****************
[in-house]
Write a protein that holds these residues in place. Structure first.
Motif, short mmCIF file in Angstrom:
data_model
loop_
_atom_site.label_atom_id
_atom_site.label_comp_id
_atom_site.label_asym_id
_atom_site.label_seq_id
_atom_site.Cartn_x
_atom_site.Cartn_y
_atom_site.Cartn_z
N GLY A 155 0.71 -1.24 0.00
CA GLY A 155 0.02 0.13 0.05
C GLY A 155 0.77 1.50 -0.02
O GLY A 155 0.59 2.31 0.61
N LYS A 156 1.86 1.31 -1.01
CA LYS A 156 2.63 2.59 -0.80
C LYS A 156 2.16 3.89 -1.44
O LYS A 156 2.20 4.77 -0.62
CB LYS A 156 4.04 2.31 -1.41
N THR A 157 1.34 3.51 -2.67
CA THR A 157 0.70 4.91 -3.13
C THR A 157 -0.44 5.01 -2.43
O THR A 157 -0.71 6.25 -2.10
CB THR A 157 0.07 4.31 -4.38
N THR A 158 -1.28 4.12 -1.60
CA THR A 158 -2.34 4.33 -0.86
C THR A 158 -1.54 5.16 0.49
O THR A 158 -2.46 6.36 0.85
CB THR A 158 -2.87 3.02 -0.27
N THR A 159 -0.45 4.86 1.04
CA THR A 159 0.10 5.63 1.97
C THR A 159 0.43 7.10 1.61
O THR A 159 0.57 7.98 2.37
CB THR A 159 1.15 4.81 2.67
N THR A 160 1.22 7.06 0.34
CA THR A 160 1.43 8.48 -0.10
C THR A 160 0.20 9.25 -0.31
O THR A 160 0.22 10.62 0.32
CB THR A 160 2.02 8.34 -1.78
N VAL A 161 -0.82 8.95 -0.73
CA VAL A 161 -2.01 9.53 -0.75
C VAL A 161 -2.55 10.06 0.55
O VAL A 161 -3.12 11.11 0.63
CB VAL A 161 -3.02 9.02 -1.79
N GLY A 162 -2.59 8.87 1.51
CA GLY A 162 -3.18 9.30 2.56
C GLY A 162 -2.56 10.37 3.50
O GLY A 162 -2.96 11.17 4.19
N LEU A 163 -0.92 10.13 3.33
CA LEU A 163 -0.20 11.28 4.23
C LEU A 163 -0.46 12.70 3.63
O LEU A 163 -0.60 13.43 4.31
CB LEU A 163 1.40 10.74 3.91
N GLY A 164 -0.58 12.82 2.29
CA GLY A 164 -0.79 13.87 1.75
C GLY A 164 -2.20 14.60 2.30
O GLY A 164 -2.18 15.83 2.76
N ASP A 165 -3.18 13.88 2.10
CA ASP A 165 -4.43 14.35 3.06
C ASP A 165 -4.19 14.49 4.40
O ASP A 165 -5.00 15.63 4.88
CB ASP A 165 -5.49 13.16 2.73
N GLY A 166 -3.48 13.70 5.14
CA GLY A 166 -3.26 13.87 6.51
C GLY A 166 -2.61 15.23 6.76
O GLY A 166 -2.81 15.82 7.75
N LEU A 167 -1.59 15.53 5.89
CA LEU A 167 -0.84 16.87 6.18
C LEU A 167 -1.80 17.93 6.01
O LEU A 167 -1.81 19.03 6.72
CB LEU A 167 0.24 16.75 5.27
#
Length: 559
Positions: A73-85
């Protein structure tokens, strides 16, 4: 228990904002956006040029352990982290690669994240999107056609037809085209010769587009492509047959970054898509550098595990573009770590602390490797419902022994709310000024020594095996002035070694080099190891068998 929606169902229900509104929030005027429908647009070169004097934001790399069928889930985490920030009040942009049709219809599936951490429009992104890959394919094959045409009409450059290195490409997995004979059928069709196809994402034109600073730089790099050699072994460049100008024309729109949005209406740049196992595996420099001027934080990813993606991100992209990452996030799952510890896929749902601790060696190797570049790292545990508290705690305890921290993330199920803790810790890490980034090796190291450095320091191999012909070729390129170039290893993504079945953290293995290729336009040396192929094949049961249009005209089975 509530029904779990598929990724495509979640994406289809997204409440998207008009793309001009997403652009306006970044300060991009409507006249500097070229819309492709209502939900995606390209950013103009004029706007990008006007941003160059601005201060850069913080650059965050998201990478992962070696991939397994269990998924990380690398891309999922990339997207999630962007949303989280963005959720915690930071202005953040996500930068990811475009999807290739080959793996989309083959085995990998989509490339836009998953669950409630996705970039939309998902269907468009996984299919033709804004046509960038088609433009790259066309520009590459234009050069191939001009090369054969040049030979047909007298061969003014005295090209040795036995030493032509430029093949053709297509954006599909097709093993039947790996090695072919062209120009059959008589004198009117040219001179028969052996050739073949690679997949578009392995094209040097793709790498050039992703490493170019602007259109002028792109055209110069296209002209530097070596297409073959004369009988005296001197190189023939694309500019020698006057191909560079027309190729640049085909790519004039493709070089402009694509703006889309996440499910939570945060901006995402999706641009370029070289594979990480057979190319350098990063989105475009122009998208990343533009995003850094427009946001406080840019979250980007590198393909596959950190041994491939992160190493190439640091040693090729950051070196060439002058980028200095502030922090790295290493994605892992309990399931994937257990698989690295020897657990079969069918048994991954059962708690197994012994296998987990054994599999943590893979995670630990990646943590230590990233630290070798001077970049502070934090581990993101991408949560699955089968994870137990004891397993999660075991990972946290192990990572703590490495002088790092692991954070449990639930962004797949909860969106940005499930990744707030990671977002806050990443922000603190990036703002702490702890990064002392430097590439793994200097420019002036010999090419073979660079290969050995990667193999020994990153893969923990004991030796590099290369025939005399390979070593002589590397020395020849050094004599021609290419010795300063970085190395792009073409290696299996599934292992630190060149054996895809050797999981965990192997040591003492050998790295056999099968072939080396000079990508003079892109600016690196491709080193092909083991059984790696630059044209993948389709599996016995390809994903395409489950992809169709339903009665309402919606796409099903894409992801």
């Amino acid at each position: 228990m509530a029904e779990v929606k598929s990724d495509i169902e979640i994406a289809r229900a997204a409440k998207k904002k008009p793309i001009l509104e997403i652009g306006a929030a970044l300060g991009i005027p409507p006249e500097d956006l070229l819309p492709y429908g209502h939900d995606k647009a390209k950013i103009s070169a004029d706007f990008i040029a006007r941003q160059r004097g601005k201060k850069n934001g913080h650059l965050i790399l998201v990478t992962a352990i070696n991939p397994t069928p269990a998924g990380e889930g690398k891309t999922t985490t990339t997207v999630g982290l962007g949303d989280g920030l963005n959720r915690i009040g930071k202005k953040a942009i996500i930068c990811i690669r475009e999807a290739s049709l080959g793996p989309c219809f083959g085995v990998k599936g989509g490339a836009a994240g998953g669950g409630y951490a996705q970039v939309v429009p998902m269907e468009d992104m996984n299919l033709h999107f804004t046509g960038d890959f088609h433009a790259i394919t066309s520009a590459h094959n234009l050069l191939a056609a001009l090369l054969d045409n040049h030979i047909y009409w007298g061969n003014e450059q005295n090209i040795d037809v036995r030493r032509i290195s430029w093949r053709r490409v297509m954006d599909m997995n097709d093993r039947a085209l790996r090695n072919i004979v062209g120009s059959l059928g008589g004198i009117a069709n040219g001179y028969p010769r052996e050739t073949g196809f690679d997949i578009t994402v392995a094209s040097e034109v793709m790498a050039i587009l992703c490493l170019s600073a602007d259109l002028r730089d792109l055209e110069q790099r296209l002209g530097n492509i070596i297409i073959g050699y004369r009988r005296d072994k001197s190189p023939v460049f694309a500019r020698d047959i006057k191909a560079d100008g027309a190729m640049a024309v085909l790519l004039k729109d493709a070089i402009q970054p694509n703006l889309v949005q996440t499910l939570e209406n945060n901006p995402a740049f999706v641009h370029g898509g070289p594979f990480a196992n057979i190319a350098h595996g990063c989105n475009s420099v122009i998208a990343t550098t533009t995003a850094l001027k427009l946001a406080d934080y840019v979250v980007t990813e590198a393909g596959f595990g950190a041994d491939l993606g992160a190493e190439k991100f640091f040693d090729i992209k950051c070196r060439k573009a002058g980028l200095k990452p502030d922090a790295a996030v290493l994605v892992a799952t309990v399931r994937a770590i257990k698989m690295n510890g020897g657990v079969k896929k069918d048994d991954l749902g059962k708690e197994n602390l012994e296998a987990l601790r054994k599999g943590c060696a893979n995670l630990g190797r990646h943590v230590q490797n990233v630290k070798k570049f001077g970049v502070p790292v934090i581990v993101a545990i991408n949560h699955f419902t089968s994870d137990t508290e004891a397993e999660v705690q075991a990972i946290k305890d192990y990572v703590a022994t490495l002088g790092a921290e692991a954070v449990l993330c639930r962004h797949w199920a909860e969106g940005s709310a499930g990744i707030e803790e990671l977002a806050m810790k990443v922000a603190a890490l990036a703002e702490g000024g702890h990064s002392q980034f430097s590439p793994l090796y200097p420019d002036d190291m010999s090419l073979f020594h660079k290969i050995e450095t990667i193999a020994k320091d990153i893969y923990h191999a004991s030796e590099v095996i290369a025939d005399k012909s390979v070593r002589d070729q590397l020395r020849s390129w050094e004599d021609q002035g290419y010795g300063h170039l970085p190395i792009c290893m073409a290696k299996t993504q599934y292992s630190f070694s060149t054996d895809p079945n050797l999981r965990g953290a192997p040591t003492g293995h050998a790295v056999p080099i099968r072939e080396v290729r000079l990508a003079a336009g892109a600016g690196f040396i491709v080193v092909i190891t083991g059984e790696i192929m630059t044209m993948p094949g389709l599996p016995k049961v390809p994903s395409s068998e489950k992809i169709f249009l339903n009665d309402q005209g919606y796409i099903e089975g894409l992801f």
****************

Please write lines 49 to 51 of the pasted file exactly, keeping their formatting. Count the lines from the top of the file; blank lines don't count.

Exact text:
C GLY A 162 -2.56 10.37 3.50
O GLY A 162 -2.96 11.17 4.19
N LEU A 163 -0.92 10.13 3.33